Cousot, P., Cousot, R.: Abstract interpretation: A unified lattice model for static analysis of programs by construction or approximation of fixpoints. In: POPL 1977: Proceedings of the 6th ACM Symposium on Principles of Programming Languages, pp. 238–252. ACM Press, New York (1977)Google Scholar
  15. 15.
    Danos, V., Laneve, C.: Formal molecular biology. Theoretical Computer Science 325(1), 69–110 (2004)CrossRefMATHMathSciNetGoogle Scholar
  16. 16.
    De Maria, E., Fages, F., Rizk, A., Soliman, S.: Design, optimization, and predictions of a coupled model of the cell cycle, circadian clock, dna repair system, irinotecan metabolism and exposure control under temporal logic constraints. Theoretical Computer Science 412(21), 2108–2127 (2011)CrossRefMATHMathSciNetGoogle Scholar
  17. 17.
    Fages, F., Rizk, A.: On temporal logic constraint solving for the analysis of numerical data time series. Theoretical Computer Science 408(1), 55–65 (2008)CrossRefMATHMathSciNetGoogle Scholar
  18. 18.
    Fages, F., Soliman, S.: Abstract interpretation and types for systems biology. Theoretical Computer Science 403(1), 52–70 (2008)CrossRefMATHMathSciNetGoogle Scholar
  19. 19.
    Funahashi, A., Matsuoka, Y., Jouraku, A., Morohashi, M., Kikuchi, N., Kitano, H.: Celldesigner 3.5: A versatile modeling tool for biochemical networks. Proceedings of the IEEE 96(8), 1254–1265 (2008)CrossRefGoogle Scholar
  20. 20.
    Gillespie, D.T.: General method for numerically simulating stochastic time evolution of coupled chemical-reactions. Journal of Computational Physics 22, 403–434 (1976)CrossRefMathSciNetGoogle Scholar
  21. 21.
    Grafahrend-Belau, E., Schreiber, F., Heiner, M., Sackmann, A., Junker, B.H., Grunwald, S., Speer, A., Winder, K., Koch, I.: Modularization of biochemical networks based on a classification of petri net by T-invariants. BMC Bioinformatics 9(90) (February 2008)Google Scholar
  22. 22.
    Hansen, N., Ostermeier, A.: Completely derandomized self-adaptation in evolution strategies. Evolutionary Computation 9(2), 159–195 (2001)CrossRefGoogle Scholar
  23. 23.
    Heitzler, D., Durand, G., Gallay, N., Rizk, A., Ahn, S., Kim, J., Violin, J.D., Dupuy, L., Gauthier, C., Piketty, V., Crépieux, P., Poupon, A., Clément, F., Fages, F., Lefkowitz, R.J., Reiter, E.: Competing g protein-coupled receptor kinases balance g protein and β-arrestin signaling. Molecular Systems Biology 8(590) (June 2012)Google Scholar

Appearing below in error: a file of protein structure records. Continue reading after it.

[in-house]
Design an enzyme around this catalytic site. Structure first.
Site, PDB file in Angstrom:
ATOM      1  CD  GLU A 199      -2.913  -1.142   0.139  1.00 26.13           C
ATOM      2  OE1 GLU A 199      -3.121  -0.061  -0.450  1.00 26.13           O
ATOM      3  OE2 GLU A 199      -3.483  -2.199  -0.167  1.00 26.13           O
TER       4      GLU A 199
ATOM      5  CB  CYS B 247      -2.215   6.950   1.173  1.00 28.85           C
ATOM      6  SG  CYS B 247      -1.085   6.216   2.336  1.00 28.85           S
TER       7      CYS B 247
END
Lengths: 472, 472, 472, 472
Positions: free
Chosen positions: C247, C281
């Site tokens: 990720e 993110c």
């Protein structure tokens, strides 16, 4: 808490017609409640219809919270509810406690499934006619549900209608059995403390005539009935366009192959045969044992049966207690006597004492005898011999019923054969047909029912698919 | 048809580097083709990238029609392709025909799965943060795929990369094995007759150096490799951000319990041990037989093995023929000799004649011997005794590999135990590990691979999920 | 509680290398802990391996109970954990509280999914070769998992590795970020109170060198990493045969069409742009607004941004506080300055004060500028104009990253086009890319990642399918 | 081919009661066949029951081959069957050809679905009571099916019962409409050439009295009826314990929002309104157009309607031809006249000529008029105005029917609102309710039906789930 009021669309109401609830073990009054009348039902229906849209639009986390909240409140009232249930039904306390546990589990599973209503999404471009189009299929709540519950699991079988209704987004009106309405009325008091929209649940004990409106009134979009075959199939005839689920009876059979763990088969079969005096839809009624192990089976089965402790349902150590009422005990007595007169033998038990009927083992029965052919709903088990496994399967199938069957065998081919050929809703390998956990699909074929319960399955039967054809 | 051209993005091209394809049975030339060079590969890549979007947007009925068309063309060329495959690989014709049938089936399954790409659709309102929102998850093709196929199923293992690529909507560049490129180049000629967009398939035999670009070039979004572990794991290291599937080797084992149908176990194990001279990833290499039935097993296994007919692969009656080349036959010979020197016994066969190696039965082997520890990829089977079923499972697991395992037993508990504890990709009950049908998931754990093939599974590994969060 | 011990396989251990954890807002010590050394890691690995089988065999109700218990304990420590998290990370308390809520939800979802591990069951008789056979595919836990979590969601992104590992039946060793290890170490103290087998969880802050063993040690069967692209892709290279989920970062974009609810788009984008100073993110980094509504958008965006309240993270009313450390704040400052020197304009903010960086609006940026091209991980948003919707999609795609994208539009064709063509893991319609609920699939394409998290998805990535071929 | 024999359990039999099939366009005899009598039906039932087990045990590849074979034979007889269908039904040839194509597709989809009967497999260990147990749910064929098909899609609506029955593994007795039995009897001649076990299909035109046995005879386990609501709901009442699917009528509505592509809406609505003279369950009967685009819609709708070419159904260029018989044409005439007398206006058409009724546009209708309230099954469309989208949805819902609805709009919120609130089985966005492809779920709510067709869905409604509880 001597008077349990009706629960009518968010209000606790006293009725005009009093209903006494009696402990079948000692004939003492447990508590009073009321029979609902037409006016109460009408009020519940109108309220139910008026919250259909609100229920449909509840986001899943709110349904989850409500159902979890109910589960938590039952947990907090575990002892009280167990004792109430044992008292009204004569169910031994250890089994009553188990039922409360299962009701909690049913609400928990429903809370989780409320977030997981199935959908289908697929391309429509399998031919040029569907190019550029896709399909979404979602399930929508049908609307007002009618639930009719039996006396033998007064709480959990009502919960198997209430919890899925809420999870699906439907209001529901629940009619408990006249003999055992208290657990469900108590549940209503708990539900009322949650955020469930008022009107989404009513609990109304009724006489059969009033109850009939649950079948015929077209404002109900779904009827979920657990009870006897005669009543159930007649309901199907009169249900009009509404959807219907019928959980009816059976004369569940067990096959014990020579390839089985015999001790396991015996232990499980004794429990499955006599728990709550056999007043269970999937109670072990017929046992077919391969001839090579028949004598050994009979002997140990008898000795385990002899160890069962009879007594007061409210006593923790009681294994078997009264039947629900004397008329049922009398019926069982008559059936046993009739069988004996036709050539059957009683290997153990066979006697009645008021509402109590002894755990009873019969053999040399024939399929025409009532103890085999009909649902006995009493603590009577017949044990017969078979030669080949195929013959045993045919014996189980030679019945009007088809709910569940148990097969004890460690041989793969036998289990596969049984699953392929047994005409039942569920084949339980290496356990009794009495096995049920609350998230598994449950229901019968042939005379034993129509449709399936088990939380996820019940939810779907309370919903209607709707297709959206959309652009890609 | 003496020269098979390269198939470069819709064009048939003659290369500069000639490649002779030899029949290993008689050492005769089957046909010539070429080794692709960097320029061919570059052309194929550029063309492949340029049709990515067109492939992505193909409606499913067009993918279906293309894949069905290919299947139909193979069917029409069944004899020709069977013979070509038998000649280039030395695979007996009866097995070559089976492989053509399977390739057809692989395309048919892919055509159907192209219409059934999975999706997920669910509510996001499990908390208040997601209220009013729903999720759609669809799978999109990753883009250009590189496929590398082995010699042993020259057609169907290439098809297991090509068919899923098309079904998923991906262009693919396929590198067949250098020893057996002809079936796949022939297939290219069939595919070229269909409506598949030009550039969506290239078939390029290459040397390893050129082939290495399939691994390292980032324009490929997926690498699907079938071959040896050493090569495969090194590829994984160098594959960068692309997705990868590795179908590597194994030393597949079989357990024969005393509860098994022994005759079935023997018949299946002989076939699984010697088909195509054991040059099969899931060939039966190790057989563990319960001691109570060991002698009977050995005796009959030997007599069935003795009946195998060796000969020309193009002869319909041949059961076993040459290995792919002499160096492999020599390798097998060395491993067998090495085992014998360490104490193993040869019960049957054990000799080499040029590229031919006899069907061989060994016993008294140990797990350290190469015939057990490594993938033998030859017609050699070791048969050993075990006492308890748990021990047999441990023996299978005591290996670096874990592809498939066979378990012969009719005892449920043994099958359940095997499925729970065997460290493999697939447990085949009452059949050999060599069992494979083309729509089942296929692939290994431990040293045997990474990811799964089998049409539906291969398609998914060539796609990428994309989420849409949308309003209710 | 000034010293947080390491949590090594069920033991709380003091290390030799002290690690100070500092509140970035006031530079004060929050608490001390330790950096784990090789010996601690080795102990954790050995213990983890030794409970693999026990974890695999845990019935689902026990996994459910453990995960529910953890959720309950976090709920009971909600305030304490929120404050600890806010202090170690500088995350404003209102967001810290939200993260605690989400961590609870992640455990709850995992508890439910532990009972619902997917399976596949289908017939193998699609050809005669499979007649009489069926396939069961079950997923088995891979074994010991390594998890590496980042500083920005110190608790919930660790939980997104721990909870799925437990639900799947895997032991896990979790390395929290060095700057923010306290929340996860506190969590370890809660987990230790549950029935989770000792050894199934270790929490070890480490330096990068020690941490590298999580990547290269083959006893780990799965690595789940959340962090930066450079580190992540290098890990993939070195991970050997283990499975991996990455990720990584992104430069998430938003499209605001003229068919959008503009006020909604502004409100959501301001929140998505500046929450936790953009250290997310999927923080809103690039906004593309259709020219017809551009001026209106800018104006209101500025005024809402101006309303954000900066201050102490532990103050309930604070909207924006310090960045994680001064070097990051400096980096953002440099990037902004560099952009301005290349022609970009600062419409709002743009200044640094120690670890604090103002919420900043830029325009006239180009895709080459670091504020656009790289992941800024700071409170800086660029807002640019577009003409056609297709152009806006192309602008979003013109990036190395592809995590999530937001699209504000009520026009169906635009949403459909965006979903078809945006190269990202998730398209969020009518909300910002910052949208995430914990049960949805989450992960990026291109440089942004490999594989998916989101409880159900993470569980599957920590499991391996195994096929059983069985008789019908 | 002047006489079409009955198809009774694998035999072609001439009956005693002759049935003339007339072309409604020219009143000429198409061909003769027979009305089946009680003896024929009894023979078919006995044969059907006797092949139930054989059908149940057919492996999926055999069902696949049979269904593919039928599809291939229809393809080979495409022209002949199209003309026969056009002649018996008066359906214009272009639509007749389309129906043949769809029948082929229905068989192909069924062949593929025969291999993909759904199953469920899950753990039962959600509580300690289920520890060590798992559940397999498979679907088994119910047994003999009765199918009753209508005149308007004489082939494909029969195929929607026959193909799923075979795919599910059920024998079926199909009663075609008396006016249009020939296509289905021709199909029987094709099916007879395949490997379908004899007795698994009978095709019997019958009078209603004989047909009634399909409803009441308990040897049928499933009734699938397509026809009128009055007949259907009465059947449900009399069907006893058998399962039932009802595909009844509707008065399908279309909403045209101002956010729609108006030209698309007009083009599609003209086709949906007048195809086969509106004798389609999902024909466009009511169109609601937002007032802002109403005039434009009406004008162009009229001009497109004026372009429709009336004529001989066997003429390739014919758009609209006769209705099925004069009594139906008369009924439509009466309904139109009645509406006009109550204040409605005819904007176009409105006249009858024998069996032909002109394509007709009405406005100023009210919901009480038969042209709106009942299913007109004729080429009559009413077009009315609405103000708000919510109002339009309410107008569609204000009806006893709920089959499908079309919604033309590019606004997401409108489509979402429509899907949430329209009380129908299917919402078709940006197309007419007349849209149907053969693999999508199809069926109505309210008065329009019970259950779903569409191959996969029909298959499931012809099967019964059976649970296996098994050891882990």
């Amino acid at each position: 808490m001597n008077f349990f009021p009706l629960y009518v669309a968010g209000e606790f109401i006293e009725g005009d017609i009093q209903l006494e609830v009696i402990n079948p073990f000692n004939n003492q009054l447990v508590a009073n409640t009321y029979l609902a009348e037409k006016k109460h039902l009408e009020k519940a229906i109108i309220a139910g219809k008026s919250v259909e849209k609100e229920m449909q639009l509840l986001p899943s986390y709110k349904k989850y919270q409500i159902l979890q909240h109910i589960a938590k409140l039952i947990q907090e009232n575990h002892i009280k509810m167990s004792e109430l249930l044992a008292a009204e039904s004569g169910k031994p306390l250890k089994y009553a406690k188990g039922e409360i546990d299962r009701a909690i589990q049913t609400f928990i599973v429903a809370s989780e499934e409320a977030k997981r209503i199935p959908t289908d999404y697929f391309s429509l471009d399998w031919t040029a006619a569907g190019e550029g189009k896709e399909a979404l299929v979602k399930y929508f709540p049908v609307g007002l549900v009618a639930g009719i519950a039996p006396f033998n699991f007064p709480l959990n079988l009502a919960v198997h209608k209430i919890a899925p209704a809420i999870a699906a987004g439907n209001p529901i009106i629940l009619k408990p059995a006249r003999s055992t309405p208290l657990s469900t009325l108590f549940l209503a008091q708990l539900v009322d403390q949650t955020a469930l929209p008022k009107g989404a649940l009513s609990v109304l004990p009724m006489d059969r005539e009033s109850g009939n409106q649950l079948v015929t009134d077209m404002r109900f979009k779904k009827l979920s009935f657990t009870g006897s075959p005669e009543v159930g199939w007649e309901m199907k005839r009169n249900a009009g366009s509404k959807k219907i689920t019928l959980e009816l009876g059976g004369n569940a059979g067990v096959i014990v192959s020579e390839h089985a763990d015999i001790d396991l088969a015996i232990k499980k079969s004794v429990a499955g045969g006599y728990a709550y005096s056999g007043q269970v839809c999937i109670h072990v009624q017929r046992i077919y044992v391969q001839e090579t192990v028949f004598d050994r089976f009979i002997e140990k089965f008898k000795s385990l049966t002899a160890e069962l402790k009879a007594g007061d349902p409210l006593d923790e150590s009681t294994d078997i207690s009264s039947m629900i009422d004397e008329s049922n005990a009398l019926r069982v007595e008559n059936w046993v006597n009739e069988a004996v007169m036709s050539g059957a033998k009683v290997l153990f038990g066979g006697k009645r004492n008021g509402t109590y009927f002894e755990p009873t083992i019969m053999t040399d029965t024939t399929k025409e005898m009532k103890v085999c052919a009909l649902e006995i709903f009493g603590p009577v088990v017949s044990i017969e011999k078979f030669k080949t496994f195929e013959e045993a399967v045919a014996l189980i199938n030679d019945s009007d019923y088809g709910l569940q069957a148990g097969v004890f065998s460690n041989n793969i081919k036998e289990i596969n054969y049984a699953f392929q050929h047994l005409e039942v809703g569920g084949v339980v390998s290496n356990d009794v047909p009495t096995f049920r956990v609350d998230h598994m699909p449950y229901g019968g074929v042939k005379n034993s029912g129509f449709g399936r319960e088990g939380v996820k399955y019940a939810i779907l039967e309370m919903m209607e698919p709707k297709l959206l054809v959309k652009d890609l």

24. 24.
    Hoops, S., Sahle, S., Gauges, R., Lee, C., Pahle, J., Simus, N., Singhal, M., Xu, L., Mendes, P., Kummer, U.: Copasi – a complex pathway simulator. Bioinformatics 22(24), 3067–3074 (2006)CrossRefGoogle Scholar
  25. 25.
    Huang, D.-A., Jiang, J.-H., Huang, R.-Y., Cheng, C.-Y.: Compiling program control flows into biochemical reactions. In: ICCAD 2012: IEEE/ACM International Conference on Computer-Aided Design, San Jose, USA (November 2012)Google Scholar
  26. 26.
    Huang, R.-Y., Huang, D.-A., Chiang, H.-J.K., Jiang, J.-H., Fages, F.: Species minimization in computation with biochemical reactions. In: IWBDA 2013: Proceedings of the Fifth International Workshop on Bio-Design Automation. Imperial College, London (2013)Google Scholar
  27. 27.
    Hucka, M.: et al. The systems biology markup language (SBML): A medium for representation and exchange of biochemical network models. Bioinformatics 19(4), 524–531 (2003)CrossRefGoogle Scholar
  28. 28.
    Hucka, M., Hoops, S., Keating, S.M., Nicolas, L.N., Sahle, S., Wilkinson, D.: Systems biology markup language (SBML) level 2: Structures and facilities for model definitions. In: Nature Precedings (December 2008)Google Scholar
  29. 29.
    Karr, J.R., Sanghvi, J.C., Macklin, D.N., Gutschow, M.V., Jacobs, J.M., Bolival Jr., B., Assad-Garcia, N., Glass, J.I., Covert, M.W.: A whole-cell computational model predicts phenotype from genotype. Cell 150(2), 389–401 (2012)CrossRefGoogle Scholar
  30. 30.
    Kitano, H.: Towards a theory of biological robustness. Molecular Systems Biology 3, 137 (2007)CrossRefGoogle Scholar
  31. 31.
    Kitano, H.: Systems biology: A brief overview. Science 295(5560), 1662–1664 (2002)CrossRefGoogle Scholar
  32. 32.
    Kohn, K.W.: Molecular interaction map of the mammalian cell cycle control and DNA repair systems. Molecular Biology of the Cell 10(8), 2703–2734 (1999)CrossRefGoogle Scholar
  33. 33.